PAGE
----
Water policy for rainfed areas

The new national water policy should take up a comprehensive and integrated view of water resources development with a focus on rainfed areas.
Public investments on water in rainfed areas have much higher social rate of returns (Image: Kannan, Flickr Commons, CC BY-NC-ND 2.0) Public investments on water in rainfed areas have much higher social rate of returns (Image: Kannan, Flickr Commons, CC BY-NC-ND 2.0)

A committee has been constituted to draft a new National Water Policy (NWP) and make key changes in the water governance structure and regulatory framework. It is chaired by Mihir Shah, who is a former Planning Commission member and a water expert. The committee is expected to produce a report within six months. The Revitalising Rainfed Agriculture (RRA) Network, a pan India network working on evolving operational processes for planning and convergence to facilitate the revival of rainfed agriculture has made its submission to the committee drafting the NWP. The policy recommendations call for a differentiated water policy for rainfed areas within the NWP.

While the Ministry of Jal Shakti has the mandate to steer the policy, programs and public investments related to water resources, it lacks a significant program on addressing the needs of water resources management of rainfed areas. The water policy as regards agriculture equates "water" policies with "irrigation" – that only deals with stocking of water in reservoirs as well as underground, its channelization through canals or pumping through wells and subsequent supply.

The water resources investment as of now is mostly on irrigation (creation and use of potential created) – surface, subsidised electricity for groundwater use, micro irrigation and recharge of groundwater. The previous programmes on water resources that had some bearing on rainfed areas such as the watershed and tank rehabilitation projects turned out to be mostly dysfunctional.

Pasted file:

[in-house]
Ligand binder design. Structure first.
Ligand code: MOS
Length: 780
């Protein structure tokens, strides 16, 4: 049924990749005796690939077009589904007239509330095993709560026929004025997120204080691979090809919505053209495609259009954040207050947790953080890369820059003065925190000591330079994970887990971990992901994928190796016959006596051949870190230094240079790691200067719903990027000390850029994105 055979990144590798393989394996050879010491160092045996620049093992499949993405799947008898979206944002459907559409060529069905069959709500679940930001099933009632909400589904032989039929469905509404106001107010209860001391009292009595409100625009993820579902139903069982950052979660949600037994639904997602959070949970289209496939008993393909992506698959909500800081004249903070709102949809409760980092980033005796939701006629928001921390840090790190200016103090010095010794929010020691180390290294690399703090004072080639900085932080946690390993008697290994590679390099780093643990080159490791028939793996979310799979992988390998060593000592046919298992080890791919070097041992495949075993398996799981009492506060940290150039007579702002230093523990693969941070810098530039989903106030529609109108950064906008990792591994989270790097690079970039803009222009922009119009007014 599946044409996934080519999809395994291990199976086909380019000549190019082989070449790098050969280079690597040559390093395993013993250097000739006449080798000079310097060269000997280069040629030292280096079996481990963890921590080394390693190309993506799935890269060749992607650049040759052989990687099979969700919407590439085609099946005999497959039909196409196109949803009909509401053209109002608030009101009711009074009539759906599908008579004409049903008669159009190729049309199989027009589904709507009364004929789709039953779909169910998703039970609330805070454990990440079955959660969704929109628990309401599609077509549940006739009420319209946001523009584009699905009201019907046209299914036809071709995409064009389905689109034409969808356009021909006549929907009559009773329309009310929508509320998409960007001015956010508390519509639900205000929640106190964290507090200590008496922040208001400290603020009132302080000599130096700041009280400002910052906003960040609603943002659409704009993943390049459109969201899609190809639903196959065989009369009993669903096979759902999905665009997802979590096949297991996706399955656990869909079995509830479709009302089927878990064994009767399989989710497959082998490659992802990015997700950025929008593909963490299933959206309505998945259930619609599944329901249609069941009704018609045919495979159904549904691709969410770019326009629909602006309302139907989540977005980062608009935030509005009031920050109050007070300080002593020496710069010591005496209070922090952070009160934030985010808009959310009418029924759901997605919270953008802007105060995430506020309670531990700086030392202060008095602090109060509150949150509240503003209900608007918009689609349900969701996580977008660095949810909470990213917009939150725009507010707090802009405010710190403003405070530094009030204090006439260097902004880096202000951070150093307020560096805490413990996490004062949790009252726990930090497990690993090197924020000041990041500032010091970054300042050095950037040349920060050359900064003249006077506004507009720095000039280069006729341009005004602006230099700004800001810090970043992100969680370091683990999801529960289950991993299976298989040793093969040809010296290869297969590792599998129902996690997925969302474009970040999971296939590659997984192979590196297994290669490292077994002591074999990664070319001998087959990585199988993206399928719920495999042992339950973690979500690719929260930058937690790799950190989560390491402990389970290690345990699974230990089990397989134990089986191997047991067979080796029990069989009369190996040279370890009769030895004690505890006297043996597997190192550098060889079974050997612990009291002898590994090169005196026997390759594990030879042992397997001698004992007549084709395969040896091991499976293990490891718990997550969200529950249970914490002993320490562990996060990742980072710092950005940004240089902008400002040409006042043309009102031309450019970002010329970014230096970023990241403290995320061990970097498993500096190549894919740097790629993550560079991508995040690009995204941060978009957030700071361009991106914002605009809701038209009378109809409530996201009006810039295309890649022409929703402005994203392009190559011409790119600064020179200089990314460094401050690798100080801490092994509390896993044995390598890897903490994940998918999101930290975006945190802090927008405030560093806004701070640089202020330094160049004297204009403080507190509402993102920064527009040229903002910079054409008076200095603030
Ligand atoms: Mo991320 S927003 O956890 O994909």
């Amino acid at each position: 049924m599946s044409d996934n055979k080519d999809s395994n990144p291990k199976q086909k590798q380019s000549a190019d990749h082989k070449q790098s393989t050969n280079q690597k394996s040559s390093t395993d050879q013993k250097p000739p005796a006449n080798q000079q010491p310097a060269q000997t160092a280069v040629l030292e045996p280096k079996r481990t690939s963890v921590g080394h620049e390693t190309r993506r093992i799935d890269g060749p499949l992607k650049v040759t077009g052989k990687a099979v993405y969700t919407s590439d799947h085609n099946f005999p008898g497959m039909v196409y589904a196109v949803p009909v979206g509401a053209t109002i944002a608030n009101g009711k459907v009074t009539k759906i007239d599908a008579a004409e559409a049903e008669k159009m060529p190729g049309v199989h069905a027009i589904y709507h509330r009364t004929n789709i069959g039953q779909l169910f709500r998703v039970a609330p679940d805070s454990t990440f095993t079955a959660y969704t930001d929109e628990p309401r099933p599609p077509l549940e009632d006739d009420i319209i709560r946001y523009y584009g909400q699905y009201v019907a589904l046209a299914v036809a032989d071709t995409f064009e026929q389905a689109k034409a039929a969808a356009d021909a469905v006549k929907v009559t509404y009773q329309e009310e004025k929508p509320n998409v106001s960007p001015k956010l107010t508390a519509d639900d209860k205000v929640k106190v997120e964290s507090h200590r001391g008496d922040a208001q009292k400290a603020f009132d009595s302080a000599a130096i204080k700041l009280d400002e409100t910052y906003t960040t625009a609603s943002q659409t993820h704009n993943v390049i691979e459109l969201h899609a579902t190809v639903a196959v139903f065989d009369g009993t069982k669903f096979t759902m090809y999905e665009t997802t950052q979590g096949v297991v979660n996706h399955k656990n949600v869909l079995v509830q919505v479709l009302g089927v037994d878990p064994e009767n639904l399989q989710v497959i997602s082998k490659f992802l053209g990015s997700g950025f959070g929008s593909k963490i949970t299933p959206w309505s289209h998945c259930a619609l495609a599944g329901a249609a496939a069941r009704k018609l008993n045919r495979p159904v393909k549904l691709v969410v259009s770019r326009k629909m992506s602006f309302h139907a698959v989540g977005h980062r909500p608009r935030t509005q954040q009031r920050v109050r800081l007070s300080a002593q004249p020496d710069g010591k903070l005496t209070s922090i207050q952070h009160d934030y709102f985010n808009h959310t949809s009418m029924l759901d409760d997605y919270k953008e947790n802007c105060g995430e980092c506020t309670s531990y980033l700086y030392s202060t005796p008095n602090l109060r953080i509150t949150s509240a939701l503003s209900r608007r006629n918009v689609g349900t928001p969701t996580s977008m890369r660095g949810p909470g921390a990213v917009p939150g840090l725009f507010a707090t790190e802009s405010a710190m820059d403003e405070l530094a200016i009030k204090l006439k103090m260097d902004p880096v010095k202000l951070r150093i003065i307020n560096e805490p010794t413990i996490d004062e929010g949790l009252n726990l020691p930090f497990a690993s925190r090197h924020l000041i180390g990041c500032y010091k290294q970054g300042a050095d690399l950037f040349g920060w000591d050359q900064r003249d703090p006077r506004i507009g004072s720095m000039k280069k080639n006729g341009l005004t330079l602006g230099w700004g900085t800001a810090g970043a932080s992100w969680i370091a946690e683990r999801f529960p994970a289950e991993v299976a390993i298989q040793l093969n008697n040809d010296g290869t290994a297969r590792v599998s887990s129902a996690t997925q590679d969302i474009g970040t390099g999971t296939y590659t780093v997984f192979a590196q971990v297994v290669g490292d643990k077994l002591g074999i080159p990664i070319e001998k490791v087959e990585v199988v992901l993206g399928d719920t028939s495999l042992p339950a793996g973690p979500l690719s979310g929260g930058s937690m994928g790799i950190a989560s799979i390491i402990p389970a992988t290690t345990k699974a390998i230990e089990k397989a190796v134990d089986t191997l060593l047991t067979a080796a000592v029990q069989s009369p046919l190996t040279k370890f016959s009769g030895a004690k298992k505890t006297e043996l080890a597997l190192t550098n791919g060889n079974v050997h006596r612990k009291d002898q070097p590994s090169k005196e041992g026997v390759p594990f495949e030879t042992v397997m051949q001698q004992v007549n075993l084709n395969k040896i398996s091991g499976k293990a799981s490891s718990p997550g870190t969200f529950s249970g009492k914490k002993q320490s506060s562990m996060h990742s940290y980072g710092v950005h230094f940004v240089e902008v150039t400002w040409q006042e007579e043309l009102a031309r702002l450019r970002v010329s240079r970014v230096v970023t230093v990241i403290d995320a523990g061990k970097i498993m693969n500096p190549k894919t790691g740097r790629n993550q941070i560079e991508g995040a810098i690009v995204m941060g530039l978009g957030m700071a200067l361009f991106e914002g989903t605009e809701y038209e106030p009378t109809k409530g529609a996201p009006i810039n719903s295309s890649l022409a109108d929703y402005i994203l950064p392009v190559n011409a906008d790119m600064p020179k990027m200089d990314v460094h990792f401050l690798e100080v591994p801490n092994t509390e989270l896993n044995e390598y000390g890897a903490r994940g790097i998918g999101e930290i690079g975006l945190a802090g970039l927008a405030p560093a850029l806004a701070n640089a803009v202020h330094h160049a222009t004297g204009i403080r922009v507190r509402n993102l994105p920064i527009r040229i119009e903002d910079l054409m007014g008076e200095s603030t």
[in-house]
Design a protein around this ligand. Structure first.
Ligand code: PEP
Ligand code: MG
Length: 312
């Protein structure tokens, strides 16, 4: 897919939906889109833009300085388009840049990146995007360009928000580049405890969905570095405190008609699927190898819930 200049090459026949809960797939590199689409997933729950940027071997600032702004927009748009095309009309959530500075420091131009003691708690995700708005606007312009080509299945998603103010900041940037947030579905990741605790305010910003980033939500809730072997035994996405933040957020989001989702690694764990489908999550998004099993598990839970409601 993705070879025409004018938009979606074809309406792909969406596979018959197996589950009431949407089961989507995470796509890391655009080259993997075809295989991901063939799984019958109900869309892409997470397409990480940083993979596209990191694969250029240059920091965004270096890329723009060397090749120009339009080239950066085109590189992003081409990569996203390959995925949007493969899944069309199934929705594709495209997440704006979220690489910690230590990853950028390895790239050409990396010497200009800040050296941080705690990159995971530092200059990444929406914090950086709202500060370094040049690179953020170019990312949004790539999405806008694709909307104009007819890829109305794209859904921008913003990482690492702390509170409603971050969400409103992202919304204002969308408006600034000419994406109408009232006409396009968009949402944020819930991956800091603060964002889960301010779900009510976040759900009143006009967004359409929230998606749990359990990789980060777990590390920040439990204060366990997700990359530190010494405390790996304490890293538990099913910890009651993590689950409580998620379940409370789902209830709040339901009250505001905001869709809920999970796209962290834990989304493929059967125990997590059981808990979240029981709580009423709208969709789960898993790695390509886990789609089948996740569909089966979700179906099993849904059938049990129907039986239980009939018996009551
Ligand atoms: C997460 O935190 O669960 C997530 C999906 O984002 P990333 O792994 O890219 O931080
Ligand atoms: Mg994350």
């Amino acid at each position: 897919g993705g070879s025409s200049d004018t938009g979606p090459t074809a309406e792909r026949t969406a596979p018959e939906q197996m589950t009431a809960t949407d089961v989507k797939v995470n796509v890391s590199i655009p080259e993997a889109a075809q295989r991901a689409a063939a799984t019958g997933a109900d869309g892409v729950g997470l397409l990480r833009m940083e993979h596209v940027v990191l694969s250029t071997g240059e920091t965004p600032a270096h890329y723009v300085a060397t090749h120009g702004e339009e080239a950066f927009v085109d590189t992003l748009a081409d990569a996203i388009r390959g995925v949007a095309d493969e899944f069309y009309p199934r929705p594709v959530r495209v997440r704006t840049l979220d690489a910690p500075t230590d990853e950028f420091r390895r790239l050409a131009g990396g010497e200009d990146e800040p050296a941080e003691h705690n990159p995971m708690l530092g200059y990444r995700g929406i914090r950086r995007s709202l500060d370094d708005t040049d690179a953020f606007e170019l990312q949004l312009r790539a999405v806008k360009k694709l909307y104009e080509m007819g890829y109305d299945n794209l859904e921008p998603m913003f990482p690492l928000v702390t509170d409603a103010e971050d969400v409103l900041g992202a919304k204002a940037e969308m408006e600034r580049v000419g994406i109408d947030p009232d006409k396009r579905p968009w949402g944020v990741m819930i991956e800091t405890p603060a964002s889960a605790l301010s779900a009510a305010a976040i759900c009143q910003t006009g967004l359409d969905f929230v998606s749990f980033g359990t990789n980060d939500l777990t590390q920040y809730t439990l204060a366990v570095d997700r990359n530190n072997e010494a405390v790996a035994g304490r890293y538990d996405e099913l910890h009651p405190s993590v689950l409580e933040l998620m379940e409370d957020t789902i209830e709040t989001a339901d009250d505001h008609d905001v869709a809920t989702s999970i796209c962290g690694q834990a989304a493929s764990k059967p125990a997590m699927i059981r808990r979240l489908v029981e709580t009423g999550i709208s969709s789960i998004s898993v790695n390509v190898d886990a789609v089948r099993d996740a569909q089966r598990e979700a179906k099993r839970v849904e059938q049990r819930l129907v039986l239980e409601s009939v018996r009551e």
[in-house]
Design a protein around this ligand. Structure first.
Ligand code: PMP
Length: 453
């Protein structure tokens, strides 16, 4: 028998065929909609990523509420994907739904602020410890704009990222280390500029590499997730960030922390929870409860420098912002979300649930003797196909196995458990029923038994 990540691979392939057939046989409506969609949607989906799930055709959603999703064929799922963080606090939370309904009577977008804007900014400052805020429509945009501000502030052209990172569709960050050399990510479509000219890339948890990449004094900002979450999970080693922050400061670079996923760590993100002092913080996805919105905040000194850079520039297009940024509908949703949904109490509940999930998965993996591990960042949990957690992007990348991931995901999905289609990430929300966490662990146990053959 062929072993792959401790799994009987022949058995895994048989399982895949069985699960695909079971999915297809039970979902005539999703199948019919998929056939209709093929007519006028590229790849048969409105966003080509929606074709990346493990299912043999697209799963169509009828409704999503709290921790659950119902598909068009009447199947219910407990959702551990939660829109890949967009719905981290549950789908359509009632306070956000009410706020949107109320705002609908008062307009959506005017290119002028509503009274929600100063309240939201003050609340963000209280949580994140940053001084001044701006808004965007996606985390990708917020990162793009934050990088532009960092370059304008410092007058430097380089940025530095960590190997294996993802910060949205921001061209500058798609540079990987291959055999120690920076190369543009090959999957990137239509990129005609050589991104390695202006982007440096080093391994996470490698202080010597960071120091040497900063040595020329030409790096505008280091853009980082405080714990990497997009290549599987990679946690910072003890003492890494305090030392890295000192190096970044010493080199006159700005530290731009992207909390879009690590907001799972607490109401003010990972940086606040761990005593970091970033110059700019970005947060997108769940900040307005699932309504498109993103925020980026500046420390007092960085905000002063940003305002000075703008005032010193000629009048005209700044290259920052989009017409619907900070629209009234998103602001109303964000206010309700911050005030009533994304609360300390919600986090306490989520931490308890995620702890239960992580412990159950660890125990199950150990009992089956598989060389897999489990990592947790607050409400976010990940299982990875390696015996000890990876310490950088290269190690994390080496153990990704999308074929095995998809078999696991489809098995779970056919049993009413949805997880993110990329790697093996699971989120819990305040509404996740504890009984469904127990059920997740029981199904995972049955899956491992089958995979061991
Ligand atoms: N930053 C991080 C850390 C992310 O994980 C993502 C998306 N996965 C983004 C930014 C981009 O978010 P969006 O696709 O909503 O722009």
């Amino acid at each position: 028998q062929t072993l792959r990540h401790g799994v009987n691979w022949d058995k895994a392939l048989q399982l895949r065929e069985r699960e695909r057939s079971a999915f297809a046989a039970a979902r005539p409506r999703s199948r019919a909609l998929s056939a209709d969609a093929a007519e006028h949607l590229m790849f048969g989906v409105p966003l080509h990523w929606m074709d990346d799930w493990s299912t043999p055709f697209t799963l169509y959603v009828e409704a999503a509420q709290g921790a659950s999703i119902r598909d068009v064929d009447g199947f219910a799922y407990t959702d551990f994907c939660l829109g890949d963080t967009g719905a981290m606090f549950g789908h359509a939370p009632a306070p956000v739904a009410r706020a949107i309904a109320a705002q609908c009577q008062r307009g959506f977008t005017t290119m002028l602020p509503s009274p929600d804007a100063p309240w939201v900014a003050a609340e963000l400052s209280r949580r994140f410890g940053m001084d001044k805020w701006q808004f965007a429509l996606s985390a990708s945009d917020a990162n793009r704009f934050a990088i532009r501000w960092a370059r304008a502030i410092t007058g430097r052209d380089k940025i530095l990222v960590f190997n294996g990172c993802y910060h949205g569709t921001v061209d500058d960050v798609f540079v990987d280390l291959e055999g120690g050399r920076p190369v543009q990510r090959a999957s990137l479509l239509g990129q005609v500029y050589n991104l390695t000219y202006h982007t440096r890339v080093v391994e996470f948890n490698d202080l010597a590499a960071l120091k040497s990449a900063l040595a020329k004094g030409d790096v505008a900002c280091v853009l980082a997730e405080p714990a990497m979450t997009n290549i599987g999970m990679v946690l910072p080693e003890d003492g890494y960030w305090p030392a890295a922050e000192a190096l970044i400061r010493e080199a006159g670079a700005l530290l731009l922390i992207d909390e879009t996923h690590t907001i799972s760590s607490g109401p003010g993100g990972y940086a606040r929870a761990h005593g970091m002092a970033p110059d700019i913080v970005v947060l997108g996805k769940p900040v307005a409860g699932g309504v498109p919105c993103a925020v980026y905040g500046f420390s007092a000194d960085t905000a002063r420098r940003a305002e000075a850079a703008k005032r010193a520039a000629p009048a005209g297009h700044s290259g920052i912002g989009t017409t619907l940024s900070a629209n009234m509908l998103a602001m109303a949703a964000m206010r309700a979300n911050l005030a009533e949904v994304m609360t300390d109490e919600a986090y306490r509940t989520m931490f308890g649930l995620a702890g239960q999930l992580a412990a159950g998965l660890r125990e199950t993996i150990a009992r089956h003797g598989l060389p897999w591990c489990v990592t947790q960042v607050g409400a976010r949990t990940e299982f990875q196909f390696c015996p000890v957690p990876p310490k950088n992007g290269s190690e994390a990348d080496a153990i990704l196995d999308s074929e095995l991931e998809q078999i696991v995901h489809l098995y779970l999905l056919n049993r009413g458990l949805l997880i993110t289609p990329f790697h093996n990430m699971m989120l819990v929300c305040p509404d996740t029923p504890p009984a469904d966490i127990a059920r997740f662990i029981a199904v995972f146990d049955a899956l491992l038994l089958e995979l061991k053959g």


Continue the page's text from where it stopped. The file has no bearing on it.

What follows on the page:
Requirement of rainfed areas

In spite of the 110 million ha of irrigation potential created, the net area irrigated is only 68.5 million ha. Thus, much of the agriculture in the country will potentially remain rainfed.

The major challenge of water management in rainfed areas is risk and uncertainty arising out of rainfall failures affecting large areas and huge number of people. The situation is worsening, more so with climate change. Private investments in rainfed agriculture cannot be achieved unless the risk and uncertainty is dealt with. Only the residual risk can be met by insurance. The primary risk can only be met by managing rainfall 'water' locally to meet moisture deficits and dry spells. 

Rainfall use efficiency - the new paradigm for rainfed areas

There is enormous potential in increasing and improving both the production and productivity of rainfed crops all over India, through strategic combination of direct precipitation and strategic water application. The amount of water applied per unit of land under such circumstance is small, making such application quite efficient.

Rainfed areas need to have 'rainfall use efficiency' as a metric for public investment. In rainfed areas, the first claim on water should be for securing crops and livelihoods extensively.

It pays to invest on water in rainfed areas

Most of the districts considered as aspirational, backward or poor and those with high nutritional deficiencies are rainfed areas. Several studies suggest high rate of return on investments on protective and supportive irrigation leading to a win-win scenario for the national government, farmers and for sustainable natural resources management. Public investments on water in rainfed areas have much higher social rate of returns.